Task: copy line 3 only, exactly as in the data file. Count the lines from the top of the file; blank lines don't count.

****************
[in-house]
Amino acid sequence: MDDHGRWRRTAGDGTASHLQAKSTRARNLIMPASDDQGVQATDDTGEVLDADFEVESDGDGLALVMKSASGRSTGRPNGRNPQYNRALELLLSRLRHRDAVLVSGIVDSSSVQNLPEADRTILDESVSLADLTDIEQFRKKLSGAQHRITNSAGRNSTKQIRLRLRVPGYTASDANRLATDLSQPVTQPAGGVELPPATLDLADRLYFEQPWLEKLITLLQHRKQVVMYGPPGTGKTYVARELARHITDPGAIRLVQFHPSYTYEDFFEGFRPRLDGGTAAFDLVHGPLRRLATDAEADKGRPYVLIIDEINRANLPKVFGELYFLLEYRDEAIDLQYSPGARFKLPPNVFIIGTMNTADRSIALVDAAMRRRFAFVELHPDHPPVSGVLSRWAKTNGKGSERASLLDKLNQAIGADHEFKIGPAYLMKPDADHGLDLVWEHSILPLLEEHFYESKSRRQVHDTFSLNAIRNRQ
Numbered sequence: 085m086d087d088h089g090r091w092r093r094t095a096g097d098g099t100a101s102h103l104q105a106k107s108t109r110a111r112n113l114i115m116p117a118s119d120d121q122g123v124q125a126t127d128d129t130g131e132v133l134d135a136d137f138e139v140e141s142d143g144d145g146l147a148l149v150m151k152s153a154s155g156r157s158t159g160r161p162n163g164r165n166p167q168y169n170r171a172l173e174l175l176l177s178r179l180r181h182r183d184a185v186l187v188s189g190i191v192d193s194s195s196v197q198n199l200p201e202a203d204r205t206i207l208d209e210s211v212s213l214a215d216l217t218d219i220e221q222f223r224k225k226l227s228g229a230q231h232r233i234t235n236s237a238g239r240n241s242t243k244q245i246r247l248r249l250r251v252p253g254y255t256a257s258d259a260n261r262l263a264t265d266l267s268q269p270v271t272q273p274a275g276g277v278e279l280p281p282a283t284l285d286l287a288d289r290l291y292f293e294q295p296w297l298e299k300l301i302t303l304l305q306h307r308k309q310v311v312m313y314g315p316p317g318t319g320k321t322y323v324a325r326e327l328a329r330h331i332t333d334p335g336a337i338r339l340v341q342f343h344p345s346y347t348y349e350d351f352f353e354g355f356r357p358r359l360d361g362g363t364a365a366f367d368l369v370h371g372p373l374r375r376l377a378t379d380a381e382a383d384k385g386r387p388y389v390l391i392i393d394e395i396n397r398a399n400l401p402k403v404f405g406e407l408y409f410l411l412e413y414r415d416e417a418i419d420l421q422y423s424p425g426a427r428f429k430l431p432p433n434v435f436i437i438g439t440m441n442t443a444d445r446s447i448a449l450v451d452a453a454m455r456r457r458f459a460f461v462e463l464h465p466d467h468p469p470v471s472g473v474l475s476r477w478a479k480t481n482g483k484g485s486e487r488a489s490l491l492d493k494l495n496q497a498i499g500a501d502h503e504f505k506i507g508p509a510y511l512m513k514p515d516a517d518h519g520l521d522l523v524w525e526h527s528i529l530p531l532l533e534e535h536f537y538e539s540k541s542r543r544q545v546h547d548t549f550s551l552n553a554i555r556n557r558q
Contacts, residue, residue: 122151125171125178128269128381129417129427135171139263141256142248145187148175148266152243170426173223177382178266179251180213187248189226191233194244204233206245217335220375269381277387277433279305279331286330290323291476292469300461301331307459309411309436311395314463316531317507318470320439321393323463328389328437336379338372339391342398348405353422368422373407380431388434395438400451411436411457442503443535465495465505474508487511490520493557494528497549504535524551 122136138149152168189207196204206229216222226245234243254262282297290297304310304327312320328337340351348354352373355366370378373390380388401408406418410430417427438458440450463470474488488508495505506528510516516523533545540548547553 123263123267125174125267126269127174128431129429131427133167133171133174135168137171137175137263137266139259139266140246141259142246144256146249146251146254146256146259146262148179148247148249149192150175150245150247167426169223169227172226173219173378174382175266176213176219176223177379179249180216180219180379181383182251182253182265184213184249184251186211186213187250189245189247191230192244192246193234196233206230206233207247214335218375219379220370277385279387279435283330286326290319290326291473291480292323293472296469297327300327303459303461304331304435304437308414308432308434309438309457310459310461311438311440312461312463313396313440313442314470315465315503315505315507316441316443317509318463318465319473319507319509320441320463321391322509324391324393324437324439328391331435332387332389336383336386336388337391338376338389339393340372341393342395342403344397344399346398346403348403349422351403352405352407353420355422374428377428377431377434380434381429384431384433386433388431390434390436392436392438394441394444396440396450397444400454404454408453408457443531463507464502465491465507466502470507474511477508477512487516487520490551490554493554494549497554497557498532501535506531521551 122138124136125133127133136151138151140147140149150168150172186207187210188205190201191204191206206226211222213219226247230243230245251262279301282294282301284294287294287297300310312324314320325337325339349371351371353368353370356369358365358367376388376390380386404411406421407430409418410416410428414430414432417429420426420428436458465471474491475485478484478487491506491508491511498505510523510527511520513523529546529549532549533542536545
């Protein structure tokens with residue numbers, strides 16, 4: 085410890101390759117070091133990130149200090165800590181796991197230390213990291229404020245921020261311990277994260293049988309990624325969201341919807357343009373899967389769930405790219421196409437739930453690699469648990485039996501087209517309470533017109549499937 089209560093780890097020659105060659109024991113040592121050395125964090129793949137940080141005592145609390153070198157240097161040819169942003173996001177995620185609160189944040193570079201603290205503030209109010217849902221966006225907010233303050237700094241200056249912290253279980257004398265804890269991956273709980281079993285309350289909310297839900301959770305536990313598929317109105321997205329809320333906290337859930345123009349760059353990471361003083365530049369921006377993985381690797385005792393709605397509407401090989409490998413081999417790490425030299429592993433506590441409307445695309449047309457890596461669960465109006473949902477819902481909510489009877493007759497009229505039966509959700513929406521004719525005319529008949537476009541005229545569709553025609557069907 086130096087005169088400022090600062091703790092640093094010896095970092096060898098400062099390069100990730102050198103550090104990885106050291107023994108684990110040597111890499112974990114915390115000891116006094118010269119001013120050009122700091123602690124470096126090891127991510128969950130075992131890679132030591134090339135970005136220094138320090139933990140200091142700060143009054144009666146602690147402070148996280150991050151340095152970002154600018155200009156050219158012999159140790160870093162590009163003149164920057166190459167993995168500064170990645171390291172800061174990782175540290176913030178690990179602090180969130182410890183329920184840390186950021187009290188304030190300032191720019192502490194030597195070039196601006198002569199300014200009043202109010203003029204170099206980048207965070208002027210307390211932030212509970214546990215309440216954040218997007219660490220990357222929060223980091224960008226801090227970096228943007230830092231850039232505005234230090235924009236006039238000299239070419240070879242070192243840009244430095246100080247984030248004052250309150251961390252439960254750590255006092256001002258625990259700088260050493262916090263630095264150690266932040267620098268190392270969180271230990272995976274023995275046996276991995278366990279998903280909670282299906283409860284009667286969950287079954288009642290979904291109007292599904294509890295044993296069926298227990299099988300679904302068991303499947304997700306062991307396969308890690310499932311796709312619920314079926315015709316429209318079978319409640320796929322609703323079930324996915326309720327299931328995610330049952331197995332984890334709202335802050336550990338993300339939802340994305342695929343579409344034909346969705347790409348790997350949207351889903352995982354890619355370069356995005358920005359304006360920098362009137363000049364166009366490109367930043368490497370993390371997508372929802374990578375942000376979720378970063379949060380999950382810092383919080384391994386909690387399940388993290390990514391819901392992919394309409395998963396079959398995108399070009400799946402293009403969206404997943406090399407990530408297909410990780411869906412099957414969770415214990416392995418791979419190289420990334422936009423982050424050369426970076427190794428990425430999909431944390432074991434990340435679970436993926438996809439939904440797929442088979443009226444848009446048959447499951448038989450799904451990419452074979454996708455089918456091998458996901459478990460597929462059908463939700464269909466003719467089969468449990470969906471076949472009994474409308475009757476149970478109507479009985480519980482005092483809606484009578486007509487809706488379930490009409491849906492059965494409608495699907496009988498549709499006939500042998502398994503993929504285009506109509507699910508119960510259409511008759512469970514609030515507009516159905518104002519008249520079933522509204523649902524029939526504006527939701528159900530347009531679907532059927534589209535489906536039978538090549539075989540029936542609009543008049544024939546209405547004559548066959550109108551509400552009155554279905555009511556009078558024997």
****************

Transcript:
Numbered sequence: 085m086d087d088h089g090r091w092r093r094t095a096g097d098g099t100a101s102h103l104q105a106k107s108t109r110a111r112n113l114i115m116p117a118s119d120d121q122g123v124q125a126t127d128d129t130g131e132v133l134d135a136d137f138e139v140e141s142d143g144d145g146l147a148l149v150m151k152s153a154s155g156r157s158t159g160r161p162n163g164r165n166p167q168y169n170r171a172l173e174l175l176l177s178r179l180r181h182r183d184a185v186l187v188s189g190i191v192d193s194s195s196v197q198n199l200p201e202a203d204r205t206i207l208d209e210s211v212s213l214a215d216l217t218d219i220e221q222f223r224k225k226l227s228g229a230q231h232r233i234t235n236s237a238g239r240n241s242t243k244q245i246r247l248r249l250r251v252p253g254y255t256a257s258d259a260n261r262l263a264t265d266l267s268q269p270v271t272q273p274a275g276g277v278e279l280p281p282a283t284l285d286l287a288d289r290l291y292f293e294q295p296w297l298e299k300l301i302t303l304l305q306h307r308k309q310v311v312m313y314g315p316p317g318t319g320k321t322y323v324a325r326e327l328a329r330h331i332t333d334p335g336a337i338r339l340v341q342f343h344p345s346y347t348y349e350d351f352f353e354g355f356r357p358r359l360d361g362g363t364a365a366f367d368l369v370h371g372p373l374r375r376l377a378t379d380a381e382a383d384k385g386r387p388y389v390l391i392i393d394e395i396n397r398a399n400l401p402k403v404f405g406e407l408y409f410l411l412e413y414r415d416e417a418i419d420l421q422y423s424p425g426a427r428f429k430l431p432p433n434v435f436i437i438g439t440m441n442t443a444d445r446s447i448a449l450v451d452a453a454m455r456r457r458f459a460f461v462e463l464h465p466d467h468p469p470v471s472g473v474l475s476r477w478a479k480t481n482g483k484g485s486e487r488a489s490l491l492d493k494l495n496q497a498i499g500a501d502h503e504f505k506i507g508p509a510y511l512m513k514p515d516a517d518h519g520l521d522l523v524w525e526h527s528i529l530p531l532l533e534e535h536f537y538e539s540k541s542r543r544q545v546h547d548t549f550s551l552n553a554i555r556n557r558q